After finishing this type, we started on this trip back to Ruleville, Mississippi, and that we were stopped by an equivalent city policeman that I had seen in Indianola and an expressway patrolman. We were ordered to urge off the bus. After we got off the bus, we were ordered to urge back on the bus and told to travel back to Indianola. once we came to Indianola the busman was charged with driving a bus the incorrect colour. That’s very true. This same bus had been used year after year to haul people to the cotton fields to select cotton and to cut the cotton. But, this day, for the primary time that this bus had been used for voter registration it had the incorrect colour. They first charged this man 100 dollars. And from 100 dollars they hamper to fifty. And from fifty to thirty, and after they got right down to thirty dollars the eighteen folks had enough among ourselves to pay his fine.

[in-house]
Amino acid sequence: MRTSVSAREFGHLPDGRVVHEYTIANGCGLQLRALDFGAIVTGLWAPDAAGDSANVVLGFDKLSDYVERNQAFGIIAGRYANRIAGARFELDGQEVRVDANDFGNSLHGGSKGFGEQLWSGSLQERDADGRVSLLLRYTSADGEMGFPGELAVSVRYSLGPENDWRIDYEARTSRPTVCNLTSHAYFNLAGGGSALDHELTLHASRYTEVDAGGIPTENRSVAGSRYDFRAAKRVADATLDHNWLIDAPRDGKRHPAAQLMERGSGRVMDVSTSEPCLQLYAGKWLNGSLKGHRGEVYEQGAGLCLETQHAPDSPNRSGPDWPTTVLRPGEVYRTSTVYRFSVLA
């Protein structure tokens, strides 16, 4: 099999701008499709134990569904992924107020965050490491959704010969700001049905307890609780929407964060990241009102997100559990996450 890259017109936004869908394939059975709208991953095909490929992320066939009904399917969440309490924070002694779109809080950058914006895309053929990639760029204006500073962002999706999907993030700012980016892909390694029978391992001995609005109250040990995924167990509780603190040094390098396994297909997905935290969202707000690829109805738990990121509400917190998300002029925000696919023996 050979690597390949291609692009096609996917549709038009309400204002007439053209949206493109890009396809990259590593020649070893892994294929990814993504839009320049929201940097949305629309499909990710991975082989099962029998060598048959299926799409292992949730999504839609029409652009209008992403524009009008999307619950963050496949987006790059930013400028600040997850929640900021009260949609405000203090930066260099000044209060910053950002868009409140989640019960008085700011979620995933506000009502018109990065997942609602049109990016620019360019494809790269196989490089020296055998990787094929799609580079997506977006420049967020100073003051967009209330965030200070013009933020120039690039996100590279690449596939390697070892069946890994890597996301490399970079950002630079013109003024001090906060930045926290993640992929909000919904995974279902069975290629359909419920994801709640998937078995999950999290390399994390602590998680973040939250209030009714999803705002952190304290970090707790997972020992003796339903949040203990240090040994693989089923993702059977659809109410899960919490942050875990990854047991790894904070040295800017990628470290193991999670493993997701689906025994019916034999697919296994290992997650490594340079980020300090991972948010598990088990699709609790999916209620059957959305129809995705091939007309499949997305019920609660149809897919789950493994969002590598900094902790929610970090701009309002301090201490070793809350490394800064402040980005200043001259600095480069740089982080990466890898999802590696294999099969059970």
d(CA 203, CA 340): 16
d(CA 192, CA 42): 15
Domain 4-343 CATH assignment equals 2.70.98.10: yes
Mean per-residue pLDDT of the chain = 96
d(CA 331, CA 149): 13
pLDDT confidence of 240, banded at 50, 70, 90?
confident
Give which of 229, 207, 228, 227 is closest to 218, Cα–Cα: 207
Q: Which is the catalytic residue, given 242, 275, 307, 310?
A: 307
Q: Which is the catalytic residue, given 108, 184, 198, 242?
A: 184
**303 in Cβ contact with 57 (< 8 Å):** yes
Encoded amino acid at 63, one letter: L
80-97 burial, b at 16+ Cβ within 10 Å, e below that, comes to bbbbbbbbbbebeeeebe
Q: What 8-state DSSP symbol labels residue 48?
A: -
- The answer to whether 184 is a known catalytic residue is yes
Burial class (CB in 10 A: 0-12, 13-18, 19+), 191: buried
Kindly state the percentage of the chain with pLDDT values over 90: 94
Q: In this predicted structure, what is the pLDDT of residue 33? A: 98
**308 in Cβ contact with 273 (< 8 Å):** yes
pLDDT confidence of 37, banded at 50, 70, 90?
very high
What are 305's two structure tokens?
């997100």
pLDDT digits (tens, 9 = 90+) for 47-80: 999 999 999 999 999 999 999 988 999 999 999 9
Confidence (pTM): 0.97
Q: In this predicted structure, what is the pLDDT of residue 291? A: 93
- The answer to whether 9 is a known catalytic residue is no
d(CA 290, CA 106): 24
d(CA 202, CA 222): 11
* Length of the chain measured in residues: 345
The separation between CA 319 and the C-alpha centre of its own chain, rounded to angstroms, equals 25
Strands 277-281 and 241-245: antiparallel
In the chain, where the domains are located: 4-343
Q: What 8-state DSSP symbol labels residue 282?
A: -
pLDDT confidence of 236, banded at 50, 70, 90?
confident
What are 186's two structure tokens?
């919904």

Then we continued this journey back to Ruleville. once we need to Ruleville, Reverend Jeff Sunny drove me bent this country where I had been existing for the past eighteen years as a timekeeper and a sharecropper. I used to be met there by my daughter and my husband’s cousin that told me this man was raising tons of Cain because I had visited Indianola. My oldest girl said that she believed I might need to leave there. Then my husband came and through the time he was talking this man walked up and asked him had I made it back: And he told him I had. And he said, “Well, did you tell her what I said!” My husband told him he did and that I walked out. He said, “Fannie Lou,” he said, “did Pap tell you what I said!” and that I told him he did. He said, “I mean that. you’ll need to go down and withdraw otherwise you will need to leave.”
I said, “Mr Marlow,” I said, “I wasn’t trying to register for you today. I used to be trying to register for myself.” And this was it. I had to go away that very same night.